I'm Global Voices’ Managing Director. I'm a media producer and writer from Trinidad and Tobago. I've worked in independent media in the Caribbean and elsewhere since 1989, covering areas such as culture, music, film and sport. I started my media career at the pioneering Trinidad and Tobago television production company Banyan, and am a founding member of Earth Television. In 2005, I started Caribbean Free Radio, the Caribbean’s first podcast. Special fan of: books, bicycling, photography, jazz, travel, swimming, architecture, justice for all humans beings.
Latest posts by Georgia Popplewell from April, 2007
Global Voices is seeking to hire a co-Managing Editor. Follow the arrows to learn more about the position and how to apply. The application deadline is Friday May 4, 2007.
If you’ve visited the Global Voices web site before, you may notice that we look a little different. If this is your first time, you'll be happy to know that you’re looking at our new site design, which was launched on Monday 9 April, 2007. We’ve worked hard to create...
Global Voices updates are now available via Twitter! We can't guarantee you'll learn much about what we've had for lunch or why our computer is belching black smoke from one of its USB ports (that's what the other people on Twitter are there for), but we will keep you updated...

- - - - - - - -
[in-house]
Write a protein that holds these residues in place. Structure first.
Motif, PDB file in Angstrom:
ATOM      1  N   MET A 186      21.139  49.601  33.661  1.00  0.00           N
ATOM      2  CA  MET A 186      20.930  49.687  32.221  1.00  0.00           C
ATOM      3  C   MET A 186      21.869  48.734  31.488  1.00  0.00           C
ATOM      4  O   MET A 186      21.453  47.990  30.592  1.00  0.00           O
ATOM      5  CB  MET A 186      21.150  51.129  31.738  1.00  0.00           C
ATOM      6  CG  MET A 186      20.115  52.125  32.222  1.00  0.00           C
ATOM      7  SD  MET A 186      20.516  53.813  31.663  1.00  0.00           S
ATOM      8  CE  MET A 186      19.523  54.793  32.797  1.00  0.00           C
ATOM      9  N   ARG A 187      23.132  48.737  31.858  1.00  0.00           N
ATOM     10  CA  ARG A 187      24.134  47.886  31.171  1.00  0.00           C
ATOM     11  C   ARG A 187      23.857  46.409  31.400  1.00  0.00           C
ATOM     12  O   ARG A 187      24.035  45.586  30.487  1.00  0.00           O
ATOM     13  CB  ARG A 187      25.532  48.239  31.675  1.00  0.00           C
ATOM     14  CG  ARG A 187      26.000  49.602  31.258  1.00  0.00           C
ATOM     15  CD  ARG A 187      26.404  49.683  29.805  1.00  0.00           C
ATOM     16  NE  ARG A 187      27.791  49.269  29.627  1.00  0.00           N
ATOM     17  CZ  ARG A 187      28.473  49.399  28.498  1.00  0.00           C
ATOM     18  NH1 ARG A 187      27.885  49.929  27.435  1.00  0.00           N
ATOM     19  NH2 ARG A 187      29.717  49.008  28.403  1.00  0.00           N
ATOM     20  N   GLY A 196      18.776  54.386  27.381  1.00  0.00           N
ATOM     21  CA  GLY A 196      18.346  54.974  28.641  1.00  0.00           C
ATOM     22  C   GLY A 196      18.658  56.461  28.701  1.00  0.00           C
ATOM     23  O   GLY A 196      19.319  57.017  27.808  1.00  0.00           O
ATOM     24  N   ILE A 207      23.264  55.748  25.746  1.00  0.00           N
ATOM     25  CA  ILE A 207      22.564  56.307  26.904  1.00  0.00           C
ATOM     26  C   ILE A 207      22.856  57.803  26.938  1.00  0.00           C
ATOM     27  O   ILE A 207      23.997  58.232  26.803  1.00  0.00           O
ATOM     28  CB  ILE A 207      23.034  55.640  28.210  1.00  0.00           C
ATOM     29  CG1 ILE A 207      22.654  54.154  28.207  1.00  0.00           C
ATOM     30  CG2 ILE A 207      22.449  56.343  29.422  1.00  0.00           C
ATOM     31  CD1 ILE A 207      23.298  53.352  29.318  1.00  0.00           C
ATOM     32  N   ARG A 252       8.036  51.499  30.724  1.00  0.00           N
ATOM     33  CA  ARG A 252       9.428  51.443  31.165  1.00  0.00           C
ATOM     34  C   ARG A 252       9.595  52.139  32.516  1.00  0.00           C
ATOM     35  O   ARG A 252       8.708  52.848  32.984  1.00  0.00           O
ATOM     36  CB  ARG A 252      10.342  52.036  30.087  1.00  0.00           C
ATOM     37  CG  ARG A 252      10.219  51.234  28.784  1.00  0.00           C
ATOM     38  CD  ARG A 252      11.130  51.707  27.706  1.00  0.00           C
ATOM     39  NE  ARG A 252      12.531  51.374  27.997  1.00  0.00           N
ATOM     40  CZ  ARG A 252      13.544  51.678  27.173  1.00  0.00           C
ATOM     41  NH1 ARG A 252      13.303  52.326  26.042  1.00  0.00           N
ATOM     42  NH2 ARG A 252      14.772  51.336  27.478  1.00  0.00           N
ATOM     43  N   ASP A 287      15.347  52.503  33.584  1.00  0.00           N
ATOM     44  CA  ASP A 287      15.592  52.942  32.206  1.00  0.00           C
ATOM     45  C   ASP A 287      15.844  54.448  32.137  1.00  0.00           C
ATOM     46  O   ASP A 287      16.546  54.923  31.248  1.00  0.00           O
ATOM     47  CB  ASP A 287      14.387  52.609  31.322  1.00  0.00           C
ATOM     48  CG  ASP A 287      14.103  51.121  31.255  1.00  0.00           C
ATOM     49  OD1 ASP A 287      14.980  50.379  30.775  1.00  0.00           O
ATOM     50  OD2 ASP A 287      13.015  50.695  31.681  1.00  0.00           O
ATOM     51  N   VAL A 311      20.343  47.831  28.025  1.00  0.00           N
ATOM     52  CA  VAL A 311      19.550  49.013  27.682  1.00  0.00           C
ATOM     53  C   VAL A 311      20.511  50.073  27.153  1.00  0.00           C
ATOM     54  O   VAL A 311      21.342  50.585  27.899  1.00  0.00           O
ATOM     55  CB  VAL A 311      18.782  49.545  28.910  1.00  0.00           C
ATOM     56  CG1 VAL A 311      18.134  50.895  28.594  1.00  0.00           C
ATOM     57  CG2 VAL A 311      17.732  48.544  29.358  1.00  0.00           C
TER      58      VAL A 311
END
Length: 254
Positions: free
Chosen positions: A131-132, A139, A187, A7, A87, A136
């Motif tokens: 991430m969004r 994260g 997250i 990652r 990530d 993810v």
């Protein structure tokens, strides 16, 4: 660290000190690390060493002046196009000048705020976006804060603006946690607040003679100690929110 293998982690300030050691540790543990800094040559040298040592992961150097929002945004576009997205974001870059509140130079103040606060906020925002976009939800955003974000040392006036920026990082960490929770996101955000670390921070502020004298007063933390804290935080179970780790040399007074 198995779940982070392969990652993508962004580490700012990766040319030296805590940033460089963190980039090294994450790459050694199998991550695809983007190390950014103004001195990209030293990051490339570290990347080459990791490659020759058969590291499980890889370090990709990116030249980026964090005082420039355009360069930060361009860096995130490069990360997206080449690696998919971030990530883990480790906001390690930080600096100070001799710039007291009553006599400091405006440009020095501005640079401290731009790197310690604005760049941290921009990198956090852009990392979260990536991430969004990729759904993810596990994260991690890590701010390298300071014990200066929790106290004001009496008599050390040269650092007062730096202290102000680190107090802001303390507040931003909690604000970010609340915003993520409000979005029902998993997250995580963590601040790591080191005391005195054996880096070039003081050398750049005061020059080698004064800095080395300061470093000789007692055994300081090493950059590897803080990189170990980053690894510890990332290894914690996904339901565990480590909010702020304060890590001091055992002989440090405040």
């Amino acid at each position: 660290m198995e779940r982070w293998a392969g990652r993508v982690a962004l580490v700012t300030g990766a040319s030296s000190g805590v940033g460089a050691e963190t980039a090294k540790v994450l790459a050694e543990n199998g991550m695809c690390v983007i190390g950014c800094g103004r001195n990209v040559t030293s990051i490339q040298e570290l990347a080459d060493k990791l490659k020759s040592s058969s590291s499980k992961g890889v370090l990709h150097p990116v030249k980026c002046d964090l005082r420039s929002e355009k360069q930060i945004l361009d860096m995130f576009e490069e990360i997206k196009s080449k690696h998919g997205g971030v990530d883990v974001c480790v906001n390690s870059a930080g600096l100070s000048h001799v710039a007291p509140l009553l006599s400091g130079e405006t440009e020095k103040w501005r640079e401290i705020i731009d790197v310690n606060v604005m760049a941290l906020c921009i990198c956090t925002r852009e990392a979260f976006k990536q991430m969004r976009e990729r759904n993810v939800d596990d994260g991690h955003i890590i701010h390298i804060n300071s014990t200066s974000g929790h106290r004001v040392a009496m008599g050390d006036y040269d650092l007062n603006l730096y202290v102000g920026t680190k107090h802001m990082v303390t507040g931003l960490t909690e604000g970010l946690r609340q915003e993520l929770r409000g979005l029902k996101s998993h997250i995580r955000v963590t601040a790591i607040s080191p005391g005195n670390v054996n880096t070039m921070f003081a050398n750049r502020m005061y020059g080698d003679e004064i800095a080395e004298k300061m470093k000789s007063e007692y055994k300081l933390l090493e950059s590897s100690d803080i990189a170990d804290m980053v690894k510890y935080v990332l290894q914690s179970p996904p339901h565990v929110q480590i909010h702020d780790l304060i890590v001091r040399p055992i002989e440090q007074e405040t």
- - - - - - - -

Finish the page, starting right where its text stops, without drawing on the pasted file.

Cricketwukup.com rates various aspects of Sunday's Cricket World Cup match between the West Indies and Sri Lanka. The highest marks go to the crowd, for “bravery in the face of the adversity”.
Claudia4Libertad links to a petition requesting that Cuban-American music star Gloria Estefan reconsider having Carlos Santana appear as a guest artist on her tribute to Cuba album “90 Millas” on account of Santana's professed admiration of Ernesto “Che” Guevara.
Andy Moonsammy posts a video mashup on YouTube mixing video from the show “Riverdance” with tassa drumming and Indo-Caribbean chutney music.
Guyana-Gyal's mother's hoarse voice – the result of a foreign “taliban flu” – reminds Guyana-Gyal of the voices of the vendors on Water street who “don’t talk to one another. They shout.”